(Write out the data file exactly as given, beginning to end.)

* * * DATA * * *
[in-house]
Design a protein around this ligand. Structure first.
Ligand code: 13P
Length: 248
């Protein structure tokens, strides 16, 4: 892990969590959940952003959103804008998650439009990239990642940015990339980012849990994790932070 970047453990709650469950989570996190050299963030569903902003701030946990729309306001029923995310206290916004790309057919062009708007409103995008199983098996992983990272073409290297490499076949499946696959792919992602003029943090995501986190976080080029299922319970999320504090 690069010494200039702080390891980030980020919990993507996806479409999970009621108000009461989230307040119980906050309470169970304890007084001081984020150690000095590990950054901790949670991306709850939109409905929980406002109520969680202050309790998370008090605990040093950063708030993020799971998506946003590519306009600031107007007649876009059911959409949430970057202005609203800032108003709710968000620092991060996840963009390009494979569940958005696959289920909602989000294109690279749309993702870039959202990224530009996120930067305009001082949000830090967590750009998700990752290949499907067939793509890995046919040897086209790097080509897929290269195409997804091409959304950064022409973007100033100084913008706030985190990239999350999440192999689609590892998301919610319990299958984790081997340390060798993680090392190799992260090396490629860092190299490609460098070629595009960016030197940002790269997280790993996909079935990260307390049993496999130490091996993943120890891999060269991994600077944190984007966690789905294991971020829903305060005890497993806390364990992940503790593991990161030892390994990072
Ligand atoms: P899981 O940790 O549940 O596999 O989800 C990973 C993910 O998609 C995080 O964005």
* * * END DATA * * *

[in-house]
Design a protein around this ligand. Structure first.
Ligand code: 13P
Length: 248
């Protein structure tokens, strides 16, 4: 892990969590959940952003959103804008998650439009990239990642940015990339980012849990994790932070 970047453990709650469950989570996190050299963030569903902003701030946990729309306001029923995310206290916004790309057919062009708007409103995008199983098996992983990272073409290297490499076949499946696959792919992602003029943090995501986190976080080029299922319970999320504090 690069010494200039702080390891980030980020919990993507996806479409999970009621108000009461989230307040119980906050309470169970304890007084001081984020150690000095590990950054901790949670991306709850939109409905929980406002109520969680202050309790998370008090605990040093950063708030993020799971998506946003590519306009600031107007007649876009059911959409949430970057202005609203800032108003709710968000620092991060996840963009390009494979569940958005696959289920909602989000294109690279749309993702870039959202990224530009996120930067305009001082949000830090967590750009998700990752290949499907067939793509890995046919040897086209790097080509897929290269195409997804091409959304950064022409973007100033100084913008706030985190990239999350999440192999689609590892998301919610319990299958984790081997340390060798993680090392190799992260090396490629860092190299490609460098070629595009960016030197940002790269997280790993996909079935990260307390049993496999130490091996993943120890891999060269991994600077944190984007966690789905294991971020829903305060005890497993806390364990992940503790593991990161030892390994990072
Ligand atoms: P899981 O940790 O549940 O596999 O989800 C990973 C993910 O998609 C995080 O964005």